As a friend to Hawaiian royalty, Cartwright served in political posts. He founded the Honolulu Fire Department and managed it as chief for years. As the Consul of Peru, Cartwright assisted Peruvian merchants in Honolulu. Cartwright also served as executee and trustee of royal wills including Princess Likelike’s (Princess Kaiulani’s mother) and Queen Emma Rooke’s.
Cartwright’s legacy still lives on today. People still play ball on Makiki Field, now known as Cartwright Field. Each year, the Hawaii state high school baseball champions receive the Cartwright Cup. And Cartwright’s descendants still live in Hawaii.
Read about Cartwright’s legacy in “A Great Loss.”
“A Great Loss”
The Daily bulletin, July 13, 1892, Image 4
Posted: July 5, 2016 Filed under: Articles, Business, Citings, Daily Bulletin, Events, Firsts, government, Kingdom of Hawaii, News, Newspaper History, Pacific Commercial Advertiser, Public Figures, Royalty, Teasers, Topic Guides | Tags: Kalakaua
Iolani Palace lit up
Honolulu Civil Beat used Chronicling America to illustrate Hawaiian Electric Co.’s history in a special report “How One Company Turned ‘Darkness Into Day:'”
On a long-ago summer night, thousands of people gathered on the grounds of Iolani Palace for what might be described as an illuminating tea party with David Kalakaua, Hawaii’s last ruling king.
There was tea, coffee, ice cream, Hawaiian music, dance and high society in fine evening wear. But the real draw on the evening of July 21, 1886, was the simple spectacle of electric light that few locals had ever seen.
The 49-year-old king, who was fascinated by the potential of electricity, was something of an early adopter who had promised to bring electric light to Hawaii. Even the White House wouldn’t have electric lights for years after Iolani Palace, in the middle of the Pacific Ocean, was electrified.
In 1881, during a trip around the world, Kalakaua had dropped in on Thomas Edison’s “invention factory,” a laboratory in New Jersey, to see if he could find a way to brighten Hawaii’s future. It was less than two years after the inventor had come up with the incandescent light bulb.
As night fell on that July evening in 1886, a small steam engine located in the Honolulu Iron Works on Merchant Street successfully powered up cables that led to five lamps outside the palace. During the course of the night, the light around Palace Square drew a gawking crowd that the Honolulu Daily Bulletin put at more than 5,000. That amounted to one in every six people on the island.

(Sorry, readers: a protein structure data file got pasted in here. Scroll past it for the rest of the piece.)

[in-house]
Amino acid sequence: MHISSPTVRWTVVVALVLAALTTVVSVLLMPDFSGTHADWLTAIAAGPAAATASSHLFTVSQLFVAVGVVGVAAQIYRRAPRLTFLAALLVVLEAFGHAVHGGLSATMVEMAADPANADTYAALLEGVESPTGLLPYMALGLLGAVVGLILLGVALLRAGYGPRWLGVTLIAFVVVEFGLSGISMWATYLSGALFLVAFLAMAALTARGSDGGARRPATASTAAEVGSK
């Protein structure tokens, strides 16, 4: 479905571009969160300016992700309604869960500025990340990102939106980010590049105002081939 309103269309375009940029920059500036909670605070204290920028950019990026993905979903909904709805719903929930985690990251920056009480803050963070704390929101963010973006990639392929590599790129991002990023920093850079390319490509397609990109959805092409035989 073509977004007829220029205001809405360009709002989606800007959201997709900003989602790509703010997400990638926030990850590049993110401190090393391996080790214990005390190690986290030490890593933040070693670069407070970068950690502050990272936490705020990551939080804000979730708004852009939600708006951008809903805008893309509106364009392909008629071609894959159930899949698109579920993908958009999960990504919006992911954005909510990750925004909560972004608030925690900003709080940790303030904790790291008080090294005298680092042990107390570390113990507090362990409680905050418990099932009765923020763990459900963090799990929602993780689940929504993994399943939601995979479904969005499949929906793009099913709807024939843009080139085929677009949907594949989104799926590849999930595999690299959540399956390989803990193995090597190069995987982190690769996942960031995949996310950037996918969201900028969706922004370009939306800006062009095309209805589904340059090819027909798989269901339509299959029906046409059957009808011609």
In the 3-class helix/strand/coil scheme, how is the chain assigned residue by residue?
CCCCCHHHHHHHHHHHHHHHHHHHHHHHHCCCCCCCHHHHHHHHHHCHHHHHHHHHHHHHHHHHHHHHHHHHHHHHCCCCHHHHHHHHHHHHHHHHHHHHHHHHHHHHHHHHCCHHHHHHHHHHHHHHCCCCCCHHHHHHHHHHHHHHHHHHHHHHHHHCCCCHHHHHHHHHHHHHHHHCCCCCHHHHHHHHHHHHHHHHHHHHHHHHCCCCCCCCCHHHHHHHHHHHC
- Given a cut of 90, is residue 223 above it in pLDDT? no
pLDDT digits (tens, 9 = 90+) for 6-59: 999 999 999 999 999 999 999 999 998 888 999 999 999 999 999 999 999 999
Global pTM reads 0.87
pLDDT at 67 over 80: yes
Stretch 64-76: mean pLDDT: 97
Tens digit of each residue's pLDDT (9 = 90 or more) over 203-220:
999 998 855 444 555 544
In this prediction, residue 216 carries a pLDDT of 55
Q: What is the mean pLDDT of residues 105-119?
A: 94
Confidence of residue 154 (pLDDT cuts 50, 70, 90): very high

It was, according to another news report in the Pacific Commercial Advertiser, a “soft but brilliant light which turned darkness into day.”
Soon, the newspaper said, the Royal Hawaiian military band began playing, soldiers marched on the grounds and a tea party for children got underway, hosted by Princess Liliuokalani and Princess Likelike.
“The Palace was brightly illuminated, and the large crowd moving among the trees and tents made a pretty picture.”
A nonprofit online news source, Civil Beat is currently publishing “Electric Dreams,” a special report series:
For the past 125 years, Hawaiian Electric Co. has helped shape Hawaii’s development, its politics and its culture. We explore its past to see what we can learn about its future.
Civil Beat Article: How One Company Turned ‘Darkness Into Day’
Hawaii’s First Electric Lights
Electric Light (second column from left, bottom)
The Daily bulletin, July 22, 1886, Image 3
Kalakaua Visits Edison: The King in Search of a Means to Light Up Honolulu (column on the extreme right)
The sun, September 26, 1881, Image 1
Points in Hawaiian History (second column from left, middle)
The Daily bulletin, September 30, 1887, Image 3
Honolulu Electric Works: Starting of the Machinery (third column from left, top)
The Daily bulletin, March 21, 1888, Image 3